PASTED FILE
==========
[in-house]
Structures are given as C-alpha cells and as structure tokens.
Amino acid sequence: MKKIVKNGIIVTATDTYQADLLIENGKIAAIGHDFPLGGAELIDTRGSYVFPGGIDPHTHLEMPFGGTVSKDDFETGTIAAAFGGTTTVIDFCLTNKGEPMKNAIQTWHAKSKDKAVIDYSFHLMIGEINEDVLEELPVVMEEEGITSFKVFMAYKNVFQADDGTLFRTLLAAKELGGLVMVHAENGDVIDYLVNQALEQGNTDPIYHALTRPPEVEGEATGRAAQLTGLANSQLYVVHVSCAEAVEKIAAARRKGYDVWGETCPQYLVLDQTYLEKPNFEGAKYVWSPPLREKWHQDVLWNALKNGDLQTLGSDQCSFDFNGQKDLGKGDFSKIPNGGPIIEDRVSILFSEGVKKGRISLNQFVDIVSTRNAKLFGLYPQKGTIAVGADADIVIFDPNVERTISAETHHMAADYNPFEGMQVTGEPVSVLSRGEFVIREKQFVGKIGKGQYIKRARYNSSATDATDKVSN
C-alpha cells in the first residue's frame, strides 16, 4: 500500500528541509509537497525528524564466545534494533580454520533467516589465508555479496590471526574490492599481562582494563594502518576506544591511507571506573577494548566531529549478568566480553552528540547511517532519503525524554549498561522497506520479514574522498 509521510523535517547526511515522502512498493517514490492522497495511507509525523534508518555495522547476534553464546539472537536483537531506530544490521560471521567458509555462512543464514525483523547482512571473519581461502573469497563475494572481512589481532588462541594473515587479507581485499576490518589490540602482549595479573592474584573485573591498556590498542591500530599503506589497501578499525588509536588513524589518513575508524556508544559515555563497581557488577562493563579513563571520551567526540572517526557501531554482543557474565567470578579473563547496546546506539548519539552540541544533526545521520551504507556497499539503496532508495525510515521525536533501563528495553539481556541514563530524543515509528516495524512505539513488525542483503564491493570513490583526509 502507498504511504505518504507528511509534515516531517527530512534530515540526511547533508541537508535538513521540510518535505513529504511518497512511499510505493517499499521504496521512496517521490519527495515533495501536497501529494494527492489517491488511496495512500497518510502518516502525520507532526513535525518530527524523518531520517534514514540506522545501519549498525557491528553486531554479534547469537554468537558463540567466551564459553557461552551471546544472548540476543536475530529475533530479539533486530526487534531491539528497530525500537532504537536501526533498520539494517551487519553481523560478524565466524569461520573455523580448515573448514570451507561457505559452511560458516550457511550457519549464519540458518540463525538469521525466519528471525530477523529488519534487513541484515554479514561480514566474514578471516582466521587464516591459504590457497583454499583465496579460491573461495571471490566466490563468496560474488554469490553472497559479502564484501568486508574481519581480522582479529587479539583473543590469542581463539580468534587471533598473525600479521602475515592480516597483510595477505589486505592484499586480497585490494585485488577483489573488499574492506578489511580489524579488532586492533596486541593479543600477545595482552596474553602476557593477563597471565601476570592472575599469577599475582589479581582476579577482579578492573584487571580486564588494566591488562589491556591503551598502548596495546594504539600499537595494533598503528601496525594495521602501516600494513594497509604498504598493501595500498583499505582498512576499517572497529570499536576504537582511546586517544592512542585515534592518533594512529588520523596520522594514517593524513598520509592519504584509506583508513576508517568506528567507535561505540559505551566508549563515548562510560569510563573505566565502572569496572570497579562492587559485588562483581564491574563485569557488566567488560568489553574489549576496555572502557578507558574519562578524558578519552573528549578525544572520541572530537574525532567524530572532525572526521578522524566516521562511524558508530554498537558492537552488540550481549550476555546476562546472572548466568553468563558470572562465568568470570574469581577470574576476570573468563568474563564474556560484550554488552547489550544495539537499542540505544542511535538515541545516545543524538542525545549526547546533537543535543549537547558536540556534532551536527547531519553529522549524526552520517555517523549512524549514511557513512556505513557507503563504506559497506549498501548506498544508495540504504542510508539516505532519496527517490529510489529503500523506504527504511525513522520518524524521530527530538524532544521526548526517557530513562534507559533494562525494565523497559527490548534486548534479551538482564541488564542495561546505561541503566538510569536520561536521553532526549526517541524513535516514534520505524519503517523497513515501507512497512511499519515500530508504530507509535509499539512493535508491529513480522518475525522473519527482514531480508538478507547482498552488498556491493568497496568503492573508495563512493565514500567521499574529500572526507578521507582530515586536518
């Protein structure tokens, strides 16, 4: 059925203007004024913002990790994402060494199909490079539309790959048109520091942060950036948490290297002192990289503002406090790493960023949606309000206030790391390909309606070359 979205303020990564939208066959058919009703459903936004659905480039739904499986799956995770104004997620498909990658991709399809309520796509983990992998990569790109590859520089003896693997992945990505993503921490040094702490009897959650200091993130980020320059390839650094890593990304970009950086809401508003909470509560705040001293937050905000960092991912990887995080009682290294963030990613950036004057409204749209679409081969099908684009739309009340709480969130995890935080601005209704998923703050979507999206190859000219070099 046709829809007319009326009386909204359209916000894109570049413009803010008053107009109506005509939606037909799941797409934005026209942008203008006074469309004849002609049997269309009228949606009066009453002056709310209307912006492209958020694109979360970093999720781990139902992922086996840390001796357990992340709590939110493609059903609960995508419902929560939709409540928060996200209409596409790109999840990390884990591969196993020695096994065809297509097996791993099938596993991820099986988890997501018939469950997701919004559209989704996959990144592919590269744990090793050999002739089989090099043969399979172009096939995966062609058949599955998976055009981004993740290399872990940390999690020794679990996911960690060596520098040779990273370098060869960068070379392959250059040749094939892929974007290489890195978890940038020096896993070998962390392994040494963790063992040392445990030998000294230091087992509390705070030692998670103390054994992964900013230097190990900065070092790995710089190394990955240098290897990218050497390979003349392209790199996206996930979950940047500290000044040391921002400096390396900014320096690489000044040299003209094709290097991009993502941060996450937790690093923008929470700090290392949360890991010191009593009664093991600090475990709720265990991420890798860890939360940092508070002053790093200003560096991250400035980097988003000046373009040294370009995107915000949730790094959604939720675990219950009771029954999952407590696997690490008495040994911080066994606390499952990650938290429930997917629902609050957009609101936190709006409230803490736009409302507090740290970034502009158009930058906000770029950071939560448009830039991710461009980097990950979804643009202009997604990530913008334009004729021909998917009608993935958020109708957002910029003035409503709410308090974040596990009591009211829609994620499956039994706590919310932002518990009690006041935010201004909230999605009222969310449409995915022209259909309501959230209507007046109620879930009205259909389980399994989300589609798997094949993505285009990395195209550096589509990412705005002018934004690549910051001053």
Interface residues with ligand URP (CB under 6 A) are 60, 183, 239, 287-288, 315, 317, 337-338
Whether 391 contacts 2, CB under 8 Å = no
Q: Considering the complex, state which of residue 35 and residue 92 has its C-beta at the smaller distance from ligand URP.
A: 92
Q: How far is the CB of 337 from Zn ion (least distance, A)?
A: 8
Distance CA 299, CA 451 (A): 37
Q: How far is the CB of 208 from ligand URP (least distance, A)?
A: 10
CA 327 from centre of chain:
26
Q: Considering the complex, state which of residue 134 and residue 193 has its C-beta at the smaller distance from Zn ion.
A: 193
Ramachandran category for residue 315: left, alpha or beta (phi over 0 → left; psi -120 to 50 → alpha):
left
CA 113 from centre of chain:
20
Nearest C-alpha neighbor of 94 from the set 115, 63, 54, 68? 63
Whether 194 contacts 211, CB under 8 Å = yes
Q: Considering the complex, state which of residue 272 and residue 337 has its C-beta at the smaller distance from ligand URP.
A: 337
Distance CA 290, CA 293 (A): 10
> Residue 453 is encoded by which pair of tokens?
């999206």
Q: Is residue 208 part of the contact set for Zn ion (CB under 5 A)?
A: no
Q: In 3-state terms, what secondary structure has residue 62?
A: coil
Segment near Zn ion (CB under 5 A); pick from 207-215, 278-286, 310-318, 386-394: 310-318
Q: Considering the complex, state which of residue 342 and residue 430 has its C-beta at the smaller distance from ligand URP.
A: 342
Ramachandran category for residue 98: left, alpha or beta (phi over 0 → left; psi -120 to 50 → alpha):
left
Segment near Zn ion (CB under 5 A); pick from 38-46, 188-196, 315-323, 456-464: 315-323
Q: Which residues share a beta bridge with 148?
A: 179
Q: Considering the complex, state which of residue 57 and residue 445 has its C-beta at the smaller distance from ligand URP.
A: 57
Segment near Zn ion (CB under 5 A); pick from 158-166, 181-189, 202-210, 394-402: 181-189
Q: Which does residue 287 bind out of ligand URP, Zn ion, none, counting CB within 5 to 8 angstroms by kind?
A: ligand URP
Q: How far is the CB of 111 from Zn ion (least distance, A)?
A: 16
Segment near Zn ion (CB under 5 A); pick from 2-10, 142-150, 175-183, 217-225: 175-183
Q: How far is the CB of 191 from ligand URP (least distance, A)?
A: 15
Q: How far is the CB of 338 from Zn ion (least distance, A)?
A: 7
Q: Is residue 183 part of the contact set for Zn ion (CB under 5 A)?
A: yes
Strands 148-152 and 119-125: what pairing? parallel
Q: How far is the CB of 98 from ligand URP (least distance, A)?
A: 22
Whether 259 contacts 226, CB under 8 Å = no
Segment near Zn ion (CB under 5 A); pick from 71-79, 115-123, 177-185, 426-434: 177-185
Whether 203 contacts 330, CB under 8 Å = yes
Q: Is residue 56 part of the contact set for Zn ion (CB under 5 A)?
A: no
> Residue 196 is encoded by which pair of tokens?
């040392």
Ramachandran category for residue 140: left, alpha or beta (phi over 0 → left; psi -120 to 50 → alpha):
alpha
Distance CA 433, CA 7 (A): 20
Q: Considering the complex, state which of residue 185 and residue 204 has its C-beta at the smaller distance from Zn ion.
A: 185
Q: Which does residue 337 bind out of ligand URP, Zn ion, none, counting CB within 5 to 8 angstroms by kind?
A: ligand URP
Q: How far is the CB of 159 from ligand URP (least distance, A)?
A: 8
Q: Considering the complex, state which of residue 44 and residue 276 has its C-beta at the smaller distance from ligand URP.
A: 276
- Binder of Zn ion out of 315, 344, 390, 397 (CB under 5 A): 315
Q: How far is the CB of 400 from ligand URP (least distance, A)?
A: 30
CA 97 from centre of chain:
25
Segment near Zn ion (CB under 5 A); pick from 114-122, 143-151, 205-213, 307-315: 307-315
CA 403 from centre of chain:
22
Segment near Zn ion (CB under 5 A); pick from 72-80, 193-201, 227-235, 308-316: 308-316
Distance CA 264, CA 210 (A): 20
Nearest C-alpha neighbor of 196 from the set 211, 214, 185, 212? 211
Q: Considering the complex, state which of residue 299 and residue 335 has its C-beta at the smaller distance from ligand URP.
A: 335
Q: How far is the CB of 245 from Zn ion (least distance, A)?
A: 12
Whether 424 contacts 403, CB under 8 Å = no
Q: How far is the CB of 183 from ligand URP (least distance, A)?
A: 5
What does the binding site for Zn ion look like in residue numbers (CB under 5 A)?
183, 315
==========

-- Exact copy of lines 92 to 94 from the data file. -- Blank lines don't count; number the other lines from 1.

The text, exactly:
Whether 424 contacts 403, CB under 8 Å = no
Q: How far is the CB of 183 from ligand URP (least distance, A)?
A: 5